Over on Android, you can add your vaccine card to the Google Pay app. I need to remind myself each time where my card is in Google Pay, so I added a shortcut icon to my home screen to quickly find it.
Own a Samsung phone? There's an app just for you
Samsung now gives Galaxy phone owners the option to, its wallet app. By having direct access to your vaccination record, you won't have to fiddle around with creating photo albums and tapping through multiple screens before you're able to show it to a bouncer at your local watering hole.
To add your card to Samsung Pay, you'll need to download the CommonHealth app (Samsung's partner) from the Google Play Store. Follow the prompts in the app to verify your vaccination status. Once the app confirms you've indeed gotten the shots, you'll be prompted to download a Smart Health Card to Samsung Pay.
That card is what you'll then show to anyone requesting you show proof of vaccination.
Use your phone to take a clear photo of your card
Is that too much fuss? The simplest way to have a digital record of your vaccine status is to snap a picture of your vaccination card and keep it on your phone. The CDC even recommends keeping a picture of your card as a backup copy.
Simply use the camera app on your phone to snap the photo. You can favorite the photo to quickly locate it or store it in a notes app, a folder or somewhere that's easy to remember so you don't have to endlessly scroll your camera roll to find it. Make sure you're in a well-lit area and get close enough to the card that its dates and details are legible. I also suggest putting the card on a dark surface, while remaining conscious of shadows of your arms or the phone on the card itself.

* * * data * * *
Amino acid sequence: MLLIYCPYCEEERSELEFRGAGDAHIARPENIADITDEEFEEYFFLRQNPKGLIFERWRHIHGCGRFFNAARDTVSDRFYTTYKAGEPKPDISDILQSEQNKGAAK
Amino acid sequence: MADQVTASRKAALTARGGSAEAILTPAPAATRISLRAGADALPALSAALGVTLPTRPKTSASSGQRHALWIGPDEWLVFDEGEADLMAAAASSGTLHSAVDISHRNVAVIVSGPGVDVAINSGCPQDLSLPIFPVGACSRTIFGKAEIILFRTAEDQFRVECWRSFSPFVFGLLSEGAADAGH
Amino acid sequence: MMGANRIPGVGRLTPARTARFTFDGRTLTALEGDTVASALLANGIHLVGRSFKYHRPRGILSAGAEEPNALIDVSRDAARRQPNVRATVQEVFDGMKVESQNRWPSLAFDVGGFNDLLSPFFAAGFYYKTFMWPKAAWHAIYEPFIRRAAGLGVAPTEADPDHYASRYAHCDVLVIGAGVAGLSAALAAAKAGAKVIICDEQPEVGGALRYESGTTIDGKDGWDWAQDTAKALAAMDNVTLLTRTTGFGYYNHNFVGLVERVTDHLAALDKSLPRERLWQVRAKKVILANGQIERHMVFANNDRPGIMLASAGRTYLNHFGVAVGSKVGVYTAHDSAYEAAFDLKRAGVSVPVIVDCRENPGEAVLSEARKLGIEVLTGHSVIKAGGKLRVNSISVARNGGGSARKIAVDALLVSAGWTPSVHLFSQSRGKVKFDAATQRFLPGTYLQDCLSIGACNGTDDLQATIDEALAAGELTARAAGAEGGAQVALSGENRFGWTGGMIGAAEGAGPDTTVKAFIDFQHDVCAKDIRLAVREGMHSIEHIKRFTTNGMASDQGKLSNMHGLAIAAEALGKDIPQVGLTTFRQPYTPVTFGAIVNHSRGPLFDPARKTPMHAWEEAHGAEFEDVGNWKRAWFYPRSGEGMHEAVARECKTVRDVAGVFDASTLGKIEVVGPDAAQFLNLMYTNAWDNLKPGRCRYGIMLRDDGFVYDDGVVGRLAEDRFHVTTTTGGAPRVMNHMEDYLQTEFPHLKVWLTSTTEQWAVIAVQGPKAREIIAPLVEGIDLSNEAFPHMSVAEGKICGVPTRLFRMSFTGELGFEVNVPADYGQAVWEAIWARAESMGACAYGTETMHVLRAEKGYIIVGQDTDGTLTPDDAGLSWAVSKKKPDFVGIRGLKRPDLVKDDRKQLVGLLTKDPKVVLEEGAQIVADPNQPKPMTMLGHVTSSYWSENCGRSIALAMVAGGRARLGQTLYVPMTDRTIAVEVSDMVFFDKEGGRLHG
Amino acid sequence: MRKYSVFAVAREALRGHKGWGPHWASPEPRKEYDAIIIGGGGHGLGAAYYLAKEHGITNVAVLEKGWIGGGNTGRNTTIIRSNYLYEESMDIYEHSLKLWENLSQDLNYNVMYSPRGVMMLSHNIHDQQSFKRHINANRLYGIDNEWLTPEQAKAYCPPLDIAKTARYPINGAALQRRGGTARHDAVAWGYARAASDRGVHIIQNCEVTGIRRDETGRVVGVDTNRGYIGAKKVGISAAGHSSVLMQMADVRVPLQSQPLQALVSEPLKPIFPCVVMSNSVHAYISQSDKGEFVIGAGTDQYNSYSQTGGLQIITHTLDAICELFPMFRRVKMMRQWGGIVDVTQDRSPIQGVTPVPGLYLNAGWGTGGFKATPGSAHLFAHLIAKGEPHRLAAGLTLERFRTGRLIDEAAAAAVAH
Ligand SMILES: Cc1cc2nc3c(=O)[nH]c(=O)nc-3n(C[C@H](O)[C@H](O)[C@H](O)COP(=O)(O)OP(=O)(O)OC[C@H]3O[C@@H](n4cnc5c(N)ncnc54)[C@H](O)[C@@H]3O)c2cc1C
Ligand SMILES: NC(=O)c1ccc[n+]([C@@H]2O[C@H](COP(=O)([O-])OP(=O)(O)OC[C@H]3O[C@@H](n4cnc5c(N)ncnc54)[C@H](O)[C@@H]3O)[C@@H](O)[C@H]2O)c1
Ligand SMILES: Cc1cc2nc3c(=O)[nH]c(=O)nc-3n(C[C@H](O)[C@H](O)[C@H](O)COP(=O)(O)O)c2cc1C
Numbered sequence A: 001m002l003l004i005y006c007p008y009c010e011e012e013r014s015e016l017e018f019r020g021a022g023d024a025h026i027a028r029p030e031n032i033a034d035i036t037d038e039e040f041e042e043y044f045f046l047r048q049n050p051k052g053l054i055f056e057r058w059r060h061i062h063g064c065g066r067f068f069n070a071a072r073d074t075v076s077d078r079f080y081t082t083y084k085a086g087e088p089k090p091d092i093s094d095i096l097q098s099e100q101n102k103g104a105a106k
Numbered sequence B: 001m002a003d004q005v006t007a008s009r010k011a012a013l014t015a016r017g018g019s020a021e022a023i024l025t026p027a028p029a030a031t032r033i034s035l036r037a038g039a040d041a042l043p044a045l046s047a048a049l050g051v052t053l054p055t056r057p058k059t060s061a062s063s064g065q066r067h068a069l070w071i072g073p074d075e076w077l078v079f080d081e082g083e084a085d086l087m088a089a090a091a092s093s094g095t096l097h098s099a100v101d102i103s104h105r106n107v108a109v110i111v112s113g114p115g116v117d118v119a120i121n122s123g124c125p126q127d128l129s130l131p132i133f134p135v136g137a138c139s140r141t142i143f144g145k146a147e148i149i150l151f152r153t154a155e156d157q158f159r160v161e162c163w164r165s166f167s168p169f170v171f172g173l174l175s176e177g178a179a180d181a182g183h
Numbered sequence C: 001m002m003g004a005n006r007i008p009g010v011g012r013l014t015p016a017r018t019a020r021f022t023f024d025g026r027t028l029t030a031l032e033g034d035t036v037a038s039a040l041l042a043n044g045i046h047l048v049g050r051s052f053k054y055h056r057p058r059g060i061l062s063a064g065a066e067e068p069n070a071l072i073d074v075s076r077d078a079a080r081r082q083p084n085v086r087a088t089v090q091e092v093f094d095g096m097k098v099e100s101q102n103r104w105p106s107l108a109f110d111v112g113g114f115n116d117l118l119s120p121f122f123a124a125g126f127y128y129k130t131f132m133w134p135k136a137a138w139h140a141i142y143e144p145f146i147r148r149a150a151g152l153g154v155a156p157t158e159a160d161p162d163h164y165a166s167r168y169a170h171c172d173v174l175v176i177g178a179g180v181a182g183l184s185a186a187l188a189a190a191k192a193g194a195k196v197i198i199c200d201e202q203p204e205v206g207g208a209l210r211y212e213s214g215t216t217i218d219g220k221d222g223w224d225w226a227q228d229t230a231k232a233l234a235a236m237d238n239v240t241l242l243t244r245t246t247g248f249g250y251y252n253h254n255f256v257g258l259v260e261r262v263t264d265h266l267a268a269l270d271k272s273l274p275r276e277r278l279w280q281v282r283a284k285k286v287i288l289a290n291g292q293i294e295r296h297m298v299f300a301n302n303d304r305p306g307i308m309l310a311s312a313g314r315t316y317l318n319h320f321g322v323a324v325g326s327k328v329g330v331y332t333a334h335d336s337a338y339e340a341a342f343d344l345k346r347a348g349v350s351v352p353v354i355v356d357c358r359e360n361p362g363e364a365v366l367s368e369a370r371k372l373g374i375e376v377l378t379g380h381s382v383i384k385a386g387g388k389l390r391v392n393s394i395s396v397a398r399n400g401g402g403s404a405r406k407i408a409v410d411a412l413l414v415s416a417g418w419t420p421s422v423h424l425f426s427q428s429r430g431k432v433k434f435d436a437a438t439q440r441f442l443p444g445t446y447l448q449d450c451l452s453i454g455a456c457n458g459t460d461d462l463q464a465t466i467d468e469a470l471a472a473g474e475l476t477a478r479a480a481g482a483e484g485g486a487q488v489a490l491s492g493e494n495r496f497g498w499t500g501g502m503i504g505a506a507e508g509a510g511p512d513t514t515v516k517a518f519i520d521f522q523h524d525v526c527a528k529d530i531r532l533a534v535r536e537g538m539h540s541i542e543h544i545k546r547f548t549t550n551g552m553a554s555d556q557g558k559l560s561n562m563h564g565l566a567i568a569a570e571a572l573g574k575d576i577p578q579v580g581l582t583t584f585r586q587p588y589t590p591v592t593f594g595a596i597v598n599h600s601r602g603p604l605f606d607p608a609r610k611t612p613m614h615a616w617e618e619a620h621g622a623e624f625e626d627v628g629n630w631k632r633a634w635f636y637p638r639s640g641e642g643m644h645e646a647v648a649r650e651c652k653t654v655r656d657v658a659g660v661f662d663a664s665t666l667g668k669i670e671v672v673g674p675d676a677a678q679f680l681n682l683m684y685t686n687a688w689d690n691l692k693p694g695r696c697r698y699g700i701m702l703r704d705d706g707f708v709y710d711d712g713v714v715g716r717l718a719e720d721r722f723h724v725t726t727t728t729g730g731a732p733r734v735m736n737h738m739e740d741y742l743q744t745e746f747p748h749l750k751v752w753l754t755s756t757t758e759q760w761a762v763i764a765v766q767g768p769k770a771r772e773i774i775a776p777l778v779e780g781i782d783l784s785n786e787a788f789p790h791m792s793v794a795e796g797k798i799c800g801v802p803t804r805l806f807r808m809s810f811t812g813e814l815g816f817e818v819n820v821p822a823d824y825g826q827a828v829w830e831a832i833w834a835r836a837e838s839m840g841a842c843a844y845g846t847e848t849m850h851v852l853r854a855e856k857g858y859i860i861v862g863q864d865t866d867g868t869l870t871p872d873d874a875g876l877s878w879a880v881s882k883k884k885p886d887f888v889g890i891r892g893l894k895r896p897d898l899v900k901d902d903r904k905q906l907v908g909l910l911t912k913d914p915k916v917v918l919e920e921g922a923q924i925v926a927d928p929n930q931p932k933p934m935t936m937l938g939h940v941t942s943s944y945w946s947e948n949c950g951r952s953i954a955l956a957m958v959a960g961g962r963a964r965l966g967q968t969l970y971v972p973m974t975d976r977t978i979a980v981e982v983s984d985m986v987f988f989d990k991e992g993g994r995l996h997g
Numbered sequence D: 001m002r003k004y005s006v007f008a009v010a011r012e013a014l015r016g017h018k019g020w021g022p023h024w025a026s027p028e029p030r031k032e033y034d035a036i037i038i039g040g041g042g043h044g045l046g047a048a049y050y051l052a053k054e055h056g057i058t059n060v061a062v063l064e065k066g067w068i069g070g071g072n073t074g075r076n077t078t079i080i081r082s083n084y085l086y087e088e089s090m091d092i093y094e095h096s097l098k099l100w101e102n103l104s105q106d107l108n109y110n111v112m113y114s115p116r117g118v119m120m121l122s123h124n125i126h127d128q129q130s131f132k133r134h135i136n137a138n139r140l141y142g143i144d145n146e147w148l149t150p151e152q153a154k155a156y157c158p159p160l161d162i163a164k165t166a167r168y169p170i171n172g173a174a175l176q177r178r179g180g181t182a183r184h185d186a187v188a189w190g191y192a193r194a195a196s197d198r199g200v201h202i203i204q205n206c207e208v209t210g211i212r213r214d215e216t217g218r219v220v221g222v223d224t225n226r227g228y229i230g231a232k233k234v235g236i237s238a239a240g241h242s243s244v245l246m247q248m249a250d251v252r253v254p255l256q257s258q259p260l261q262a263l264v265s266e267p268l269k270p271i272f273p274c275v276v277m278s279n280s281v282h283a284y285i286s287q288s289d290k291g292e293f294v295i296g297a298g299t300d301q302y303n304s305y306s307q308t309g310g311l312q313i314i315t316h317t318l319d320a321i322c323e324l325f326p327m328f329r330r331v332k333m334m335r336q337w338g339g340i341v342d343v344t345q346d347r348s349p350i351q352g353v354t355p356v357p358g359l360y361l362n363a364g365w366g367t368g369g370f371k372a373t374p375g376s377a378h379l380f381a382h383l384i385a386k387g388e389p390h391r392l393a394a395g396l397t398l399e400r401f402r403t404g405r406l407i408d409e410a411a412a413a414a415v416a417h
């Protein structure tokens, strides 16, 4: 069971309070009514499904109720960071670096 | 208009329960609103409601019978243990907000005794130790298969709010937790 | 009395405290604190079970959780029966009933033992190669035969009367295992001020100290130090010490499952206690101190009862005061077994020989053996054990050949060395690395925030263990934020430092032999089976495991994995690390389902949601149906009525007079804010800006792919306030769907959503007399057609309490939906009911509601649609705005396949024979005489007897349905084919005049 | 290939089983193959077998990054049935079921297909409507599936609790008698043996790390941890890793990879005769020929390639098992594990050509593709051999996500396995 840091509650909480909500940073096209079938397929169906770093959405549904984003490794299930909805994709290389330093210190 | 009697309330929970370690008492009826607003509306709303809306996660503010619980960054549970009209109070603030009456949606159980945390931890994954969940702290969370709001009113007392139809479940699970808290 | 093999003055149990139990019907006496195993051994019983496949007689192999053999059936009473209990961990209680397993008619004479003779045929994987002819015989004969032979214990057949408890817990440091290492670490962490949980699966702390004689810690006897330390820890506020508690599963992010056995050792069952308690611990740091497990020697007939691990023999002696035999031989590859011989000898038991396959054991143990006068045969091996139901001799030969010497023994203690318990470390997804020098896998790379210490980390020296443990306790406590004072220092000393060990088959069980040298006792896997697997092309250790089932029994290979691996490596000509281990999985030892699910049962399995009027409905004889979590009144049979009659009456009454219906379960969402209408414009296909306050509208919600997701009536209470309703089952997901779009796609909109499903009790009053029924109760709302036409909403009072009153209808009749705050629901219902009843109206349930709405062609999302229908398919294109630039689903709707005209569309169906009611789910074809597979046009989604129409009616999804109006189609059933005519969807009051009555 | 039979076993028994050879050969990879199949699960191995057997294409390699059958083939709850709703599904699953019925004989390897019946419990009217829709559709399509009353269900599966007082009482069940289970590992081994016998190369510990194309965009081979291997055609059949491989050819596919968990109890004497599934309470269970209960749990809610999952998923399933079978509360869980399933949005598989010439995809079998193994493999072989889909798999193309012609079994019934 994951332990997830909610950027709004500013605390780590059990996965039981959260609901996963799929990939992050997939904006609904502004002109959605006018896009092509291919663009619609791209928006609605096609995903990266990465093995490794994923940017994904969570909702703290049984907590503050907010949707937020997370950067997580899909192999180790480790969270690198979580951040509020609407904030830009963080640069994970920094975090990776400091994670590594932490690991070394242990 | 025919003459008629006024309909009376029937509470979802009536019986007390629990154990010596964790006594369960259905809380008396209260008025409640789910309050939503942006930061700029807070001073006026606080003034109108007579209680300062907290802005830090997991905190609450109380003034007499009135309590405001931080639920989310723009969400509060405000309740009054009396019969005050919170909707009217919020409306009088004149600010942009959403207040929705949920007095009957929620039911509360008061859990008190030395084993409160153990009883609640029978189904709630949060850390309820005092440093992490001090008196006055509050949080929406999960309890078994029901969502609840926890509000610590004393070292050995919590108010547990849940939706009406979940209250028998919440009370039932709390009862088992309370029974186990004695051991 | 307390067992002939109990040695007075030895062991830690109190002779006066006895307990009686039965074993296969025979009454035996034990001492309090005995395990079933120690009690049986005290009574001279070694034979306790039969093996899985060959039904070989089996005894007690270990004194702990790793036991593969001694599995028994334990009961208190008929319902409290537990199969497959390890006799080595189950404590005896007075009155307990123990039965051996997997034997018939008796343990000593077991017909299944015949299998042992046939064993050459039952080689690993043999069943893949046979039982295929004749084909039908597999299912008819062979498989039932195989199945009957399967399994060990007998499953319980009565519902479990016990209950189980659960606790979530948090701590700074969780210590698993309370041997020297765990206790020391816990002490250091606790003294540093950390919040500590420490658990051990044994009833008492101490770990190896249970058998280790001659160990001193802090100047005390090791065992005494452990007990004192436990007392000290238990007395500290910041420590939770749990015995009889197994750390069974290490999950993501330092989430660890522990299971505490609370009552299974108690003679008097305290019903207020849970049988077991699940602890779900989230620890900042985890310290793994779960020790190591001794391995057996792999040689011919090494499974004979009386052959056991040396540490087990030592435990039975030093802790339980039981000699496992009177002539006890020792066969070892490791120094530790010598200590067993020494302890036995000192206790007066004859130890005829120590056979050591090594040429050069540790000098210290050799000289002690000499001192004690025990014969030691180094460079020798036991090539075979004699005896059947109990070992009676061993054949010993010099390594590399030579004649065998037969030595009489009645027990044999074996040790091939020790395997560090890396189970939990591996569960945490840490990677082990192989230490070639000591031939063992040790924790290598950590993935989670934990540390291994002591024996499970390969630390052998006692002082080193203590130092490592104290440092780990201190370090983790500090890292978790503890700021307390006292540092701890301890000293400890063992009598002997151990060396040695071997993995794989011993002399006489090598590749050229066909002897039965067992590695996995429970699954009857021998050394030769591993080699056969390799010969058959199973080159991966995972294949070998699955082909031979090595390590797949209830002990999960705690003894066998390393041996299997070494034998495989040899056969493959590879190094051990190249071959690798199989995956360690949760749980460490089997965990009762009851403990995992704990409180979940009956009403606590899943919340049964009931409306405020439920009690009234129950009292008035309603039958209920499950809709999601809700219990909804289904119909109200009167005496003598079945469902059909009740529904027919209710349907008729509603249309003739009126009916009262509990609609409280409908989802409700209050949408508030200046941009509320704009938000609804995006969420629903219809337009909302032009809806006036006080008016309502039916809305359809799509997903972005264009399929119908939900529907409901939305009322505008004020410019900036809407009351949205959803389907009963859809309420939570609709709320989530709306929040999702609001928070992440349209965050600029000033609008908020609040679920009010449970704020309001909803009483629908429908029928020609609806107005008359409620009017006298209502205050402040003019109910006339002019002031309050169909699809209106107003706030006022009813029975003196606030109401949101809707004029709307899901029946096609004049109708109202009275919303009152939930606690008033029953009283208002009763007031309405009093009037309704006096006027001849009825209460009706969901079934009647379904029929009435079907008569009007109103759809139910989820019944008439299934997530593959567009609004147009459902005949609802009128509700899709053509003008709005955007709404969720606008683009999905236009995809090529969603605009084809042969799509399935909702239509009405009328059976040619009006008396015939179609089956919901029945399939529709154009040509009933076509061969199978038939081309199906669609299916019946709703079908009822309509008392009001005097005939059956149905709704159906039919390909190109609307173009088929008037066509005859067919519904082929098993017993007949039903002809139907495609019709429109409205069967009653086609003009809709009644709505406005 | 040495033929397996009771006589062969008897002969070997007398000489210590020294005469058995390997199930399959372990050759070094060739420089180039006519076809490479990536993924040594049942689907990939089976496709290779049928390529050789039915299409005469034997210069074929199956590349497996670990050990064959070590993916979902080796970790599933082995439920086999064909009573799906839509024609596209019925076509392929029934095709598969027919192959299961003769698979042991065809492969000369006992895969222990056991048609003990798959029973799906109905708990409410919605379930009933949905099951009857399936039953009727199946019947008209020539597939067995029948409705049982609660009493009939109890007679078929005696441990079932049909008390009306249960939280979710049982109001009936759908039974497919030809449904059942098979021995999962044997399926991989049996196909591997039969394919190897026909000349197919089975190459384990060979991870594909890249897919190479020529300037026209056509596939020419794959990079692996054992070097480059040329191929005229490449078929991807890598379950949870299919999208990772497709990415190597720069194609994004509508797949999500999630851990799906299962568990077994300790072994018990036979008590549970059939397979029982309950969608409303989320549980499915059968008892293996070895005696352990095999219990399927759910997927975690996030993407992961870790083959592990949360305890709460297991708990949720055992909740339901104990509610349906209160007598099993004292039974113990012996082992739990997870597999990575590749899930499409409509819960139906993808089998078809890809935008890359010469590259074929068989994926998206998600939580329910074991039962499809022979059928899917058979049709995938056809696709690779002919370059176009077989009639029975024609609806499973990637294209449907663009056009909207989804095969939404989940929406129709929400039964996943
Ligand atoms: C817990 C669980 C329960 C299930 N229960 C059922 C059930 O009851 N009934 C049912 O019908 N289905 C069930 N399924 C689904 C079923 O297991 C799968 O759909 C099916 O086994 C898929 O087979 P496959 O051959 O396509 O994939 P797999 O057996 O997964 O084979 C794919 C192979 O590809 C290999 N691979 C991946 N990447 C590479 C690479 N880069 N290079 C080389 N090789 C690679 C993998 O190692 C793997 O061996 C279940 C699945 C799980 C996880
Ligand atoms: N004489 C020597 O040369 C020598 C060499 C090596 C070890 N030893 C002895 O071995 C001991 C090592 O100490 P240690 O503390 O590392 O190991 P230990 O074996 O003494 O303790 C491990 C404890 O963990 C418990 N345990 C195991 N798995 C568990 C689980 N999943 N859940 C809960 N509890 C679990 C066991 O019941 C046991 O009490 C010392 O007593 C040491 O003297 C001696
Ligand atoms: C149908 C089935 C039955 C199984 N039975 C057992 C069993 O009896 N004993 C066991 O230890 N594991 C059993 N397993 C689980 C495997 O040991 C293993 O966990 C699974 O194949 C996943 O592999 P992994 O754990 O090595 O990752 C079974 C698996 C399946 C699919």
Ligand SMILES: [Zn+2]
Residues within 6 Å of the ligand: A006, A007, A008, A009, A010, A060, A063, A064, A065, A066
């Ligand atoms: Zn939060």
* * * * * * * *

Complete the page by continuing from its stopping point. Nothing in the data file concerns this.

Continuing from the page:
Here's an example of one way to save your vaccination card as a new photo album. On an iPhone, open the Photos app, select the Albums tab and then tap the + sign in the top left corner followed by New Album. Give the album a name and then tap Save. Next, select the photos of your card to add it to the album.
On an Android phone, it depends on which app you're using, but the process should generally be the same. If you're using the Google Photos app, open the app and then select the picture of your vaccination card. Tap the three-dot menu button in the top-right corner, followed by the Add to Album button. Select +New album and give it a name such as "Vaccination Card" and tap the checkmark button when you're done.
Excelsior and more: Look for apps based on your location
Some states -- including California, Colorado, Hawaii, New York and Oregon -- offer some form of digital vaccination card. The myColorado app requires you to create an account, verify your identity and then add your digital driver's license to your phone. After you've done that, you can then add your myVaccine record to the app.